The GSD historically was just gaining notice in the United States when World War I broke out. In 1917, when America entered World War I, all things German became tabu. The AKC changed the name of the dog breed to the Shepherd Dog and the German Shepherd Dog Club of America became the Shepherd Dog Club of America. In England, the name of the German Shepherd Dog breed was changed to the Alsatian.
After WWI, British and American soldiers, impressed by the abilities of the German Shepherd Dog, brought home examples of their own to breed. The dog breed instantly become popular, both as a family pet and as a working dog. After the war the movie star Rin-Tin-Tin and Strongheart stimulated interest in the GSD history and dog breed again.
The striking good looks of this breed, combined with its remarkable intelligence and loyalty, have made it a favorite working and companion dog. Puppy factories soon flourished to meet the huge demand, flooding the American market with poor quality “German police dogs”, resulting in a down-turn in popularity of the breed.
Later during World War II, the German Shepherd Dog was widely sought after and employed by both Allied and Axis forces. These dogs performed various duties such as mine detectors, sentinels, guard work, and messengers. In America, Dogs for Defense was formed, providing thousands of dogs to the army.
In GSD history the paths of German and American German Shepherds diverged after World War II. Many German Shepherd Dogs had been killed or destroyed due to lack of food. Later on the breeders again had individual dogs dominant in the desired virtues of the breed. By about 1949 quality GSD specimens again began to appear at German dog shows. In the 1950’s American breeders recognized the need for some infusion of outcross blood and Troll von Richterback, 1957 Grand Victor, was dominant in his day.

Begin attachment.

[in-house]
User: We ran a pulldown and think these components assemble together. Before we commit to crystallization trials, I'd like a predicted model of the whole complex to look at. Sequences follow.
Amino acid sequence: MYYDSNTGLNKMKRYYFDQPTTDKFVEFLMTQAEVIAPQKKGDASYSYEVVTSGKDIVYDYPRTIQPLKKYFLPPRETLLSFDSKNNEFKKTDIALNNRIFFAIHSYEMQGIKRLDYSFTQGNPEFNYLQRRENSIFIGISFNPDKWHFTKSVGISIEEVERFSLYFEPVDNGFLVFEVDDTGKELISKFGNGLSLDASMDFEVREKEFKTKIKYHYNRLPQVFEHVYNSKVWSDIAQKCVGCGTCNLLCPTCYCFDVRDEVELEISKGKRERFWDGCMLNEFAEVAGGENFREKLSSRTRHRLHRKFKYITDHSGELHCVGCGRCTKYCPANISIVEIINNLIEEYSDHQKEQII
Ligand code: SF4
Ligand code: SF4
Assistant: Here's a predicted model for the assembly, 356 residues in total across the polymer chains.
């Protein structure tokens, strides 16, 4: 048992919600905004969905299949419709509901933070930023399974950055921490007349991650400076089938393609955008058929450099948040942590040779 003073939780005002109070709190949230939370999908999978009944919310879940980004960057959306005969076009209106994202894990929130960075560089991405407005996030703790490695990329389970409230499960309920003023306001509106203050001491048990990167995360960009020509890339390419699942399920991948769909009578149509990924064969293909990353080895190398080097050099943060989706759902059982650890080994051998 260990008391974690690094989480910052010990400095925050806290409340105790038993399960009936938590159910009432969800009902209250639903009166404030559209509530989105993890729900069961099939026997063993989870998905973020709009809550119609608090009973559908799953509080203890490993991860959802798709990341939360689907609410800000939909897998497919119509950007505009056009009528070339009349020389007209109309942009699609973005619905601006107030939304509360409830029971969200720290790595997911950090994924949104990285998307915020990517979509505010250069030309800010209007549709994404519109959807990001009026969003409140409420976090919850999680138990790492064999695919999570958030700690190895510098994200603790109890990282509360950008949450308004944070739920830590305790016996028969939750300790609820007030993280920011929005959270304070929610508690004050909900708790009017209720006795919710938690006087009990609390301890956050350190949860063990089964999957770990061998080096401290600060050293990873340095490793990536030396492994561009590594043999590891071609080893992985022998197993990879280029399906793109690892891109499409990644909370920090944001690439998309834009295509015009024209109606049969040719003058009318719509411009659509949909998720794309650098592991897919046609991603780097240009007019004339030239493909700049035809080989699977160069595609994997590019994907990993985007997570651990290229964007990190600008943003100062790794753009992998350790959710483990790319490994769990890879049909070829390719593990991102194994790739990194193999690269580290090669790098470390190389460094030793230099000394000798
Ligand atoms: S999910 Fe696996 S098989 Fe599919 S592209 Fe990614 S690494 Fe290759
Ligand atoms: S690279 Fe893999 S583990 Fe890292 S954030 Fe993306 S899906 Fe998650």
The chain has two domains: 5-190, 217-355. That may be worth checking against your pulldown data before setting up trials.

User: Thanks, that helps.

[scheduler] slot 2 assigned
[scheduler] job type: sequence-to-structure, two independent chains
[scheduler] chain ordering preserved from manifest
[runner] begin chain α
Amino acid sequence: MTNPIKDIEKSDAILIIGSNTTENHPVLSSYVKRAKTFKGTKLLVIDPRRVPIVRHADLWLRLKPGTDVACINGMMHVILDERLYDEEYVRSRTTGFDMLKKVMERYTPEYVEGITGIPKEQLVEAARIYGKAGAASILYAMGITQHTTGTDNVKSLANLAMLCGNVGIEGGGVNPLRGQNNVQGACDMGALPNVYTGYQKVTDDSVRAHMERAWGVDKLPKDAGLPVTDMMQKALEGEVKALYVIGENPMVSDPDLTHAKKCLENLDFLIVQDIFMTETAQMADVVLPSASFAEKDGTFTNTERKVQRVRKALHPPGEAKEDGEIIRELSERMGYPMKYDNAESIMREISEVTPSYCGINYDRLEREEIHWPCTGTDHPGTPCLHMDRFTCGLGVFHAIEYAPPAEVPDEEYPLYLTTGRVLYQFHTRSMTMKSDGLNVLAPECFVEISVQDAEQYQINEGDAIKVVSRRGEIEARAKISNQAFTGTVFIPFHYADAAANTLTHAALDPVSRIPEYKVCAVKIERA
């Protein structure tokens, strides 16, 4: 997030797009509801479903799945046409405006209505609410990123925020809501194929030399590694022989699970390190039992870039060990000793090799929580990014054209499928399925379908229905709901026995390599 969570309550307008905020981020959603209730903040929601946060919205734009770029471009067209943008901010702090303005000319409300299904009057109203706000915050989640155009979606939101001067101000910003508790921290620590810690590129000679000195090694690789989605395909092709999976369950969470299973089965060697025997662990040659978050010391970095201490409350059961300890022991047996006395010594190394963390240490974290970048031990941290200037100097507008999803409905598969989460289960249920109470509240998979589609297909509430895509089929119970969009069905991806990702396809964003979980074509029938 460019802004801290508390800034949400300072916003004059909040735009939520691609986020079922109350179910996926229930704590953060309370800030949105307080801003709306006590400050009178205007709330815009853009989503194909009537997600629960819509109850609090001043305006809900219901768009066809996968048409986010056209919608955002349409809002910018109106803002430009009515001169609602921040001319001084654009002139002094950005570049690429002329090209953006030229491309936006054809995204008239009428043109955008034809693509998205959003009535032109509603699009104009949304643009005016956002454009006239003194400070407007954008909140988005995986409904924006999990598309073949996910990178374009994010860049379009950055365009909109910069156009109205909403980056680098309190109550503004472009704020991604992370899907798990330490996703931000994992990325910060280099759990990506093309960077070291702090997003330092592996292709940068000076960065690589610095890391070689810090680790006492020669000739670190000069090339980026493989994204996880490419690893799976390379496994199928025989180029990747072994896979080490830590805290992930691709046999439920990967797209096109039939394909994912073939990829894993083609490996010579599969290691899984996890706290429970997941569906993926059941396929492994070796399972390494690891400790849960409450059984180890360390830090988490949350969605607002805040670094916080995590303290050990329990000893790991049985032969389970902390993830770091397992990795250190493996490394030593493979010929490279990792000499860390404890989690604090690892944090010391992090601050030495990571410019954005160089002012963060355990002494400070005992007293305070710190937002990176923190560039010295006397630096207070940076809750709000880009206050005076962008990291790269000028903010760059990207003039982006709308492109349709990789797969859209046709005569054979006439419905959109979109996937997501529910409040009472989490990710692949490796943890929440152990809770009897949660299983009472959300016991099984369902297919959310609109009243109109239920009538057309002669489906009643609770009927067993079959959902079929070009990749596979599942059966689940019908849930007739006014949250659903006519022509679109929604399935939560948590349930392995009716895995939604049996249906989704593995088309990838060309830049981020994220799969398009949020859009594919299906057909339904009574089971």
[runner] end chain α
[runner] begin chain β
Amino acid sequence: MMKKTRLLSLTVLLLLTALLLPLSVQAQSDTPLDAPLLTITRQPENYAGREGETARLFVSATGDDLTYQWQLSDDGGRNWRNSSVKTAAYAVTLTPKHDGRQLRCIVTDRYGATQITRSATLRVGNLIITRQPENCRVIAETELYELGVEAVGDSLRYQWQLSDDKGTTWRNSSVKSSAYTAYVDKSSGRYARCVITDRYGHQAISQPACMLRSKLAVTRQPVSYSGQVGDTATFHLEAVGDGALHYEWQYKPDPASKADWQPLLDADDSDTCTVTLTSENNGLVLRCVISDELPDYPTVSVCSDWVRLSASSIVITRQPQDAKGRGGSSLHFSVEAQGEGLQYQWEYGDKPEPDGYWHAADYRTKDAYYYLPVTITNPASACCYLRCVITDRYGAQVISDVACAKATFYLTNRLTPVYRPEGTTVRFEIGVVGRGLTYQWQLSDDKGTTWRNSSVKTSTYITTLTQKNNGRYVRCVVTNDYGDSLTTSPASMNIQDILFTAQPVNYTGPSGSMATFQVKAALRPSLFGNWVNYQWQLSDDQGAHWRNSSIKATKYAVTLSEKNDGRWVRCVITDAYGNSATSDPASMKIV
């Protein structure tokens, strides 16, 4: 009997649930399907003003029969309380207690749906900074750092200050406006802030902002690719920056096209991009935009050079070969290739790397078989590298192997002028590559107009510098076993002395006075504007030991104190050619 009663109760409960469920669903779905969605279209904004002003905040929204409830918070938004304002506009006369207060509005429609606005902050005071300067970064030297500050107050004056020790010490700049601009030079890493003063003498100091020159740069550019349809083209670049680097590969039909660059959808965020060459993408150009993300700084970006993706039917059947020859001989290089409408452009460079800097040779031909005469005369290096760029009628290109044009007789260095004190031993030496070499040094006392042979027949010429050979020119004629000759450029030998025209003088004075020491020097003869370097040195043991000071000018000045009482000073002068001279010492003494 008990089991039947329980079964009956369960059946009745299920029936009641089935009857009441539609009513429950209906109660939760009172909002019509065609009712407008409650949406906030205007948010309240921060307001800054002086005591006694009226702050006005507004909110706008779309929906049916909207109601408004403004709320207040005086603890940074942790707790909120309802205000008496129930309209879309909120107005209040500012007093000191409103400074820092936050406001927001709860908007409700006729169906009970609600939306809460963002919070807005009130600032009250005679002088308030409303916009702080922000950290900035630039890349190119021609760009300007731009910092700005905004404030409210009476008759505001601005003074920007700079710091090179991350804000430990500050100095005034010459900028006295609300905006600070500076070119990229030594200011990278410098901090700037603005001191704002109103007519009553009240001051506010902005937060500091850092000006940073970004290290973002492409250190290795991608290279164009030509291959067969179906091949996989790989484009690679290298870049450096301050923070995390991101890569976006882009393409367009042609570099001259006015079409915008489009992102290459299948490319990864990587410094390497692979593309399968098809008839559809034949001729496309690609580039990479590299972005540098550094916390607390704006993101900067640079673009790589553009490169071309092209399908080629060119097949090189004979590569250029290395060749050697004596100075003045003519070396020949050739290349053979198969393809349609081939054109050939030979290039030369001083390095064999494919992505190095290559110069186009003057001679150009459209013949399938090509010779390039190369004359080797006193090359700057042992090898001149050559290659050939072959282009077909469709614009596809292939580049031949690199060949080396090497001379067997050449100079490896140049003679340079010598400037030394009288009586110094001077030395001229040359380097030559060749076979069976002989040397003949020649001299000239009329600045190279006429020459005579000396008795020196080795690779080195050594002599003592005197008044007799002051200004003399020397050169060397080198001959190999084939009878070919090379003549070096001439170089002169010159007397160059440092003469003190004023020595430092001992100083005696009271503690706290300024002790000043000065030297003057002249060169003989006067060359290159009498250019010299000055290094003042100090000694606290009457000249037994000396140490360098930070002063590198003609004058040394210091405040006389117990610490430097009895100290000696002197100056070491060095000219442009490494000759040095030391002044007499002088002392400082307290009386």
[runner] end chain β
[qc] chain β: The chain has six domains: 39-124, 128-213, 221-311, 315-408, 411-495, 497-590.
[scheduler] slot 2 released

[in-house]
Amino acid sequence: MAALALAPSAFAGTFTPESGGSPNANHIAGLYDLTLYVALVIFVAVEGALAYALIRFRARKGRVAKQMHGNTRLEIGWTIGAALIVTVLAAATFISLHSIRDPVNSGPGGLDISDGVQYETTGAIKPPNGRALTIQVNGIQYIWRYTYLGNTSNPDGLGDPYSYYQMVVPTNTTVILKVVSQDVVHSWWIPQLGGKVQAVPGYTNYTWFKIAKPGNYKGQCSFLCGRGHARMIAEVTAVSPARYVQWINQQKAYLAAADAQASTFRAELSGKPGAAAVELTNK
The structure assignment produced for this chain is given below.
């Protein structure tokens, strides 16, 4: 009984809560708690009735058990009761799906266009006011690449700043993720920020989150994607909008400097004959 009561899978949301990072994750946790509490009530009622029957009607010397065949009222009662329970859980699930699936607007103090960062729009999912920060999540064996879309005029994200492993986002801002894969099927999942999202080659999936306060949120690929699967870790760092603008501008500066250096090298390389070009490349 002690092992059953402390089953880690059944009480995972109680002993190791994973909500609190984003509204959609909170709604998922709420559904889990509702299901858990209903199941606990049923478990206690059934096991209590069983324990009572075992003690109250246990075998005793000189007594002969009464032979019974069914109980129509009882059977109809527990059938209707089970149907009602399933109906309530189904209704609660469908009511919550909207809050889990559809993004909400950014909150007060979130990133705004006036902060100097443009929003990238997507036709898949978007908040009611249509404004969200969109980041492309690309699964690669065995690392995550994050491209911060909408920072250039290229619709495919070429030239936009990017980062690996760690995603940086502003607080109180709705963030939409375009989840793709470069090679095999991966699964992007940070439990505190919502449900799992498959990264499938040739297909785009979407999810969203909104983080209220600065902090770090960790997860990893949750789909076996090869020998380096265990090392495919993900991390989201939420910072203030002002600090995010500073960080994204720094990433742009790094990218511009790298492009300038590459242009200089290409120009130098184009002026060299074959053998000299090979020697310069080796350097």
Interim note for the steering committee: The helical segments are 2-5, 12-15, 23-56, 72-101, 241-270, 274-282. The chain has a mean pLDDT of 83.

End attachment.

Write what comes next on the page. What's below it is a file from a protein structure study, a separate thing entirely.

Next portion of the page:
In the 1960’s there was an emergence of several strong families of stud dogs. This was an important part in rebuilding the GSD historically speaking. While the SV was in control of German bred German Shepherds, American GSD breeders were open to follow their own preferences. American and Canadian Grand Victor, Lance of Fran- Jo, represented a new era in American shepherds and was widely used during the 1960’s. Lance produced many GSD puppies which in turn became historical pillars of the breed in America.
In Germany, GSD history reveals that a very active market soon developed for German Shepherd Dogs and puppies sought in countries such as South America, Japan, Italy, many Scandinavian countries, and France. Additionally, the SV began to place more and more importance on dog training degrees. Temperament and courage tests became much more demanding, and the SV forced breeders to concentrate on puppy and dog problem areas such as missing teeth, poor croups, etc.
Starting with a common base, the German Shepherd breed in Germany and America have taken a separate course. The Americans and the Germans have both evolved closely-bred dogs. They differ in looks, movement, style, and structure and have developed both desirable and undesirable characteristics into the breed.
The Americans have a broader option to pursue their own views and choose their own bloodlines whether from within or outside their own country. The Germans, controlled by the SV, will likely continue to look within themselves to further develop the breed. Today the German Shepherd Dog is still considered one of the most intelligent and versatile breeds in existence and the future will indeed be very interesting for the breed. Indeed, the GSD history has been nothing short of intense so far.